Hipbone Sticking Out has grown out of Big hART’s Yijala Yala Project. The words yijala and yala mean ‘now’ and the project is about heritage – now and in the future. Hipbone Sticking Out is the English translation of Murujuga – the original custodians’ name for the Burrup Peninsula. Murujuga is the world’s largest outdoor gallery of rock art – over a million pieces. It has enormous heritage value in the Western view and even more in the living heritage of the nations of the Pilbara. Hipbone Sticking Out is a public presentation of this deeply alive, culturally private place, and is designed to communicate across cultural boundaries.
The Aboriginal community of Roebourne has been very strong in guiding us to think about ‘heritage’ in relation to young people and intergenerational exchange – the past and the future as one strong continuum. The future heritage of Indigenous nations rests in the hands of their young people – ‘now’.
In this regard the story of Hipbone comes to the stage at an interesting time for our country, because the story is told through the eyes of John Pat – a young man who died in custody. In Australia today, every second young person in juvenile detention is Indigenous (51%). This is not something any society can ignore. Neither can it be seen as solely an Indigenous issue. It is an issue for our society as a whole. We are all complicit in allowing this situation to thwart the potential of Indigenous young people, accelerate the destruction of language and culture, and disrupt communities and families through this epidemic of indigenous incarceration.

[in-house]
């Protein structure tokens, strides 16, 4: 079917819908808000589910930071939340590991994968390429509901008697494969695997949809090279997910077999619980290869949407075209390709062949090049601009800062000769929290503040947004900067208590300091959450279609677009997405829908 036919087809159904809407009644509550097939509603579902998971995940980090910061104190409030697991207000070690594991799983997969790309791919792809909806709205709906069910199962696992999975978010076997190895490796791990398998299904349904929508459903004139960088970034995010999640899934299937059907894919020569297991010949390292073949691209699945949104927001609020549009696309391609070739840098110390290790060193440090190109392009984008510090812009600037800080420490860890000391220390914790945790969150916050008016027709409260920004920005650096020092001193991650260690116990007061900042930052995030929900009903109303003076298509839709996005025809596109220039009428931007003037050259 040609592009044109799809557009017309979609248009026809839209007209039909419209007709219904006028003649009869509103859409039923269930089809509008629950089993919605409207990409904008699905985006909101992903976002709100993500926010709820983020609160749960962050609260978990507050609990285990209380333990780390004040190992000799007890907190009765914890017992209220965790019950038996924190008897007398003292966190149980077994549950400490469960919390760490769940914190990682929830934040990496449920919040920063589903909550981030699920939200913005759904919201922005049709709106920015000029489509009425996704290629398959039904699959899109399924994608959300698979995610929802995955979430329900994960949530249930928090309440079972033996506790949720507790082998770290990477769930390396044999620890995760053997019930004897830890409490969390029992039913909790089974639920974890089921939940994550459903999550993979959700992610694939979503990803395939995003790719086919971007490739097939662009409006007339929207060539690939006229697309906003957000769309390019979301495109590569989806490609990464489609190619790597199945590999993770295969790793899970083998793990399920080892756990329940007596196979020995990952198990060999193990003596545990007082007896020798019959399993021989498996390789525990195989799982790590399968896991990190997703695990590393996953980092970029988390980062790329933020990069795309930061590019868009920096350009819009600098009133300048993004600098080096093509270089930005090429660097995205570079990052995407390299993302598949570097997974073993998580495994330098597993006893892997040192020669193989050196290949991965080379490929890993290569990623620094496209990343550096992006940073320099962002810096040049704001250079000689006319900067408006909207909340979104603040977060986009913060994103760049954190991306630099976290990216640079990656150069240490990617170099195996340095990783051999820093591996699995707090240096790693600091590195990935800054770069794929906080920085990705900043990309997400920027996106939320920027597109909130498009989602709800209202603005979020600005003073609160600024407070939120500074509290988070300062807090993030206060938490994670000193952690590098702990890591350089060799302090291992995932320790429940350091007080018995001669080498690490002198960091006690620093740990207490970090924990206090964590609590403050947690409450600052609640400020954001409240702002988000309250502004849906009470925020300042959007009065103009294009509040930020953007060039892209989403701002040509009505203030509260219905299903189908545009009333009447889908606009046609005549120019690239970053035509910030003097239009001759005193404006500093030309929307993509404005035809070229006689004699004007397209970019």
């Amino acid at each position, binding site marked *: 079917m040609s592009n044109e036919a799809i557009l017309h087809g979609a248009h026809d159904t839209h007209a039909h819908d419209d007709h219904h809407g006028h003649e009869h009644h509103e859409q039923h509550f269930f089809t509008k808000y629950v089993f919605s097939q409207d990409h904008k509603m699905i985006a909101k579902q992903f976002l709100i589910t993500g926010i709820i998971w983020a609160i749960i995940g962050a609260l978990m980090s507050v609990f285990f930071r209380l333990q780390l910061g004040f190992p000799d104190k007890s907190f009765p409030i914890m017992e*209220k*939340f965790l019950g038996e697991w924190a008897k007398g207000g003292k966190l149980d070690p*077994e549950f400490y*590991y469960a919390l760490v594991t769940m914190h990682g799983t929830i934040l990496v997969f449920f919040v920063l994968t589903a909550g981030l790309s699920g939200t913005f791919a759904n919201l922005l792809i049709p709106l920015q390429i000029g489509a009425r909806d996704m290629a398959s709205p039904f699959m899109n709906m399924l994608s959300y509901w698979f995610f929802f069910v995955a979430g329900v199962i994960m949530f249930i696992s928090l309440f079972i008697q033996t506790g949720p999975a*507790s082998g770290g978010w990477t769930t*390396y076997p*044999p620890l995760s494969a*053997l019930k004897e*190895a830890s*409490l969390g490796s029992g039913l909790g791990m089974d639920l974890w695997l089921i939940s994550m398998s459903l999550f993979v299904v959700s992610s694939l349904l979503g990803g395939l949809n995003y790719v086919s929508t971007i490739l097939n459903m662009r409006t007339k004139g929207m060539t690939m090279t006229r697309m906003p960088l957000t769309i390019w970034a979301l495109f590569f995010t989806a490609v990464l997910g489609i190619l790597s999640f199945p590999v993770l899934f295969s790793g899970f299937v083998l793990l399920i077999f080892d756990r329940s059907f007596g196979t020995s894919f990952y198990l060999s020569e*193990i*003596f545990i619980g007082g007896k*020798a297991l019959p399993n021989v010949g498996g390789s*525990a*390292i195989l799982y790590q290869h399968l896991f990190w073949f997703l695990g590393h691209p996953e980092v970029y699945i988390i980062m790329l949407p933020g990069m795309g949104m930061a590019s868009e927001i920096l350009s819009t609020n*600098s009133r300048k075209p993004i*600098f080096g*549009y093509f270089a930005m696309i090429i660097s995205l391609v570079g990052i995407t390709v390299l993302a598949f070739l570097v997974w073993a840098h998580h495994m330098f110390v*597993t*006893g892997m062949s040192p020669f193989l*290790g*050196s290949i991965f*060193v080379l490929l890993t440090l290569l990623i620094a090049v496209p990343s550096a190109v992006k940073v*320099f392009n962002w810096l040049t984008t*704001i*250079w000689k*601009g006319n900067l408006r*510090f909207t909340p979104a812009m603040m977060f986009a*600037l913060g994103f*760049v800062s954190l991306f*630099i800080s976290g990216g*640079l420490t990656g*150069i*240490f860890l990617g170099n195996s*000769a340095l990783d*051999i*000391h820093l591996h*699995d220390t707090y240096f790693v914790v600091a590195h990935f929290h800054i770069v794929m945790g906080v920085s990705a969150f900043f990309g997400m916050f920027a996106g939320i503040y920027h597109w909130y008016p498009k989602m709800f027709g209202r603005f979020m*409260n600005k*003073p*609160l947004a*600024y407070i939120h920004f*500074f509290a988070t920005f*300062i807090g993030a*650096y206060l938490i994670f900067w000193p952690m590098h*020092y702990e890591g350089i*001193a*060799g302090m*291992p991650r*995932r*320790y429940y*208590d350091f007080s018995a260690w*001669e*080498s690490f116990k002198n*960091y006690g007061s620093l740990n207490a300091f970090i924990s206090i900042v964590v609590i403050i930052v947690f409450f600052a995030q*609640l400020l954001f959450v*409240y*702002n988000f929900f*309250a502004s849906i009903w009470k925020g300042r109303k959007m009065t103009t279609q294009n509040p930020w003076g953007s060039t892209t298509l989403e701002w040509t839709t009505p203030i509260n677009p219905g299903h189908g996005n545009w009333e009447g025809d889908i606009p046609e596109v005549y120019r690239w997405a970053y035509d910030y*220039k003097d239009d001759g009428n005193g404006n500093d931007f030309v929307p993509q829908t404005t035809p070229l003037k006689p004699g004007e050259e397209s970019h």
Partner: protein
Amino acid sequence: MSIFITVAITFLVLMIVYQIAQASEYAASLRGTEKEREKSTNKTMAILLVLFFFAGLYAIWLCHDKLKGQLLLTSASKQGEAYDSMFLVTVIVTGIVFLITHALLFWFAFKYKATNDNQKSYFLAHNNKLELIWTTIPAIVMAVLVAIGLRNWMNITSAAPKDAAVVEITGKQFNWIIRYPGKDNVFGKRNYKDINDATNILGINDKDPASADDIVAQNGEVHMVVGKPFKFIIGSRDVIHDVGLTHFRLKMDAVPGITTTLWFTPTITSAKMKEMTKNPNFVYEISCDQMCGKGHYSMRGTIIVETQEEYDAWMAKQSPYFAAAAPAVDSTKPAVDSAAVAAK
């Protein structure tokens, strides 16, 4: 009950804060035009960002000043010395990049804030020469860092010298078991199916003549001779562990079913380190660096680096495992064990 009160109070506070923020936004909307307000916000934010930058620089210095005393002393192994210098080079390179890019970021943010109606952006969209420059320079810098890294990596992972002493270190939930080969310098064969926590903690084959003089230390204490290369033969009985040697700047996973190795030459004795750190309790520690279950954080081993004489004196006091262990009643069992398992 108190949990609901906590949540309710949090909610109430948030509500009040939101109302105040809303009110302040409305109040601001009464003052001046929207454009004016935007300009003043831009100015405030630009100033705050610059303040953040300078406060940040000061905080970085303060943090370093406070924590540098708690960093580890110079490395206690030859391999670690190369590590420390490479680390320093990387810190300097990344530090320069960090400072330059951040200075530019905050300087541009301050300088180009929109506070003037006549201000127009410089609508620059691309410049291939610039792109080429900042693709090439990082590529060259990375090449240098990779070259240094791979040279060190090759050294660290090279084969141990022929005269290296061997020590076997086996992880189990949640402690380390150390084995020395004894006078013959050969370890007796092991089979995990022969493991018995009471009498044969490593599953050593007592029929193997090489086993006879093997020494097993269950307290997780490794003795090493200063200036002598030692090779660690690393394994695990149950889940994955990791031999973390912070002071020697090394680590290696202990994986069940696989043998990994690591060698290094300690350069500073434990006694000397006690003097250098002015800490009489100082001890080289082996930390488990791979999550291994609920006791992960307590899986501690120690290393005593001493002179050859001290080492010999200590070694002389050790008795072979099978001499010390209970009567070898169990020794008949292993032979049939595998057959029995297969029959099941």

Hipbone tells the story of a tsunami of change that suddenly descended on the people of Roebourne, who after tens of thousands of years living in the Pilbara, were suddenly confronted with the sweep of Western aspiration from 1602 that brought plagues, massacres, rapes, stealing of land and children, and currently, the locking up of a generation of young people.
It is 31 years since 16-year old John Pat passed away in that Roebourne lock-up and triggered the Royal Commission into Aboriginal Deaths in Custody. Statistically, fewer Indigenous people are now dying, but we are locking up far more… it’s just a different kind of death. There were 339 recommendations in the Royal Commission’s report, yet only some of these were put in place. The most significant finding was that less Indigenous people should be locked up, but sadly incarceration rates of Indigenous Australians have more than doubled since 1991 when the report was released.
With the Pat family’s approval, the story of Hipbone Sticking Out begins when John hit his head in a fight with police and his brain began to swell. Between that moment and his death in a police cell two hours later, the story goes back in time to explore the sweep of history from the early 1600s when the world’s first globalised company set out to conquer the ‘new world’ and bring home its riches to satiate Europe’s hunger for the new. This wave of hunger swept onto the shores of Murujuga near Roebourne many times, with many explorers, over hundreds of years, until they came to stay just a few generations ago in 1868, bringing enormous change. In 2014, as we sit and sip espresso in our local cafés and read about Indigenous affairs, we are still part of that tsunami, and the community of Roebourne, is still in that time of change. With change however comes opportunity and potential. And in this regard Hipbone Sticking Out brings us to the story ‘now’ and is part of promoting the future heritage of Roebourne – the ‘new Roebourne’ as the senior people who guide the project call it.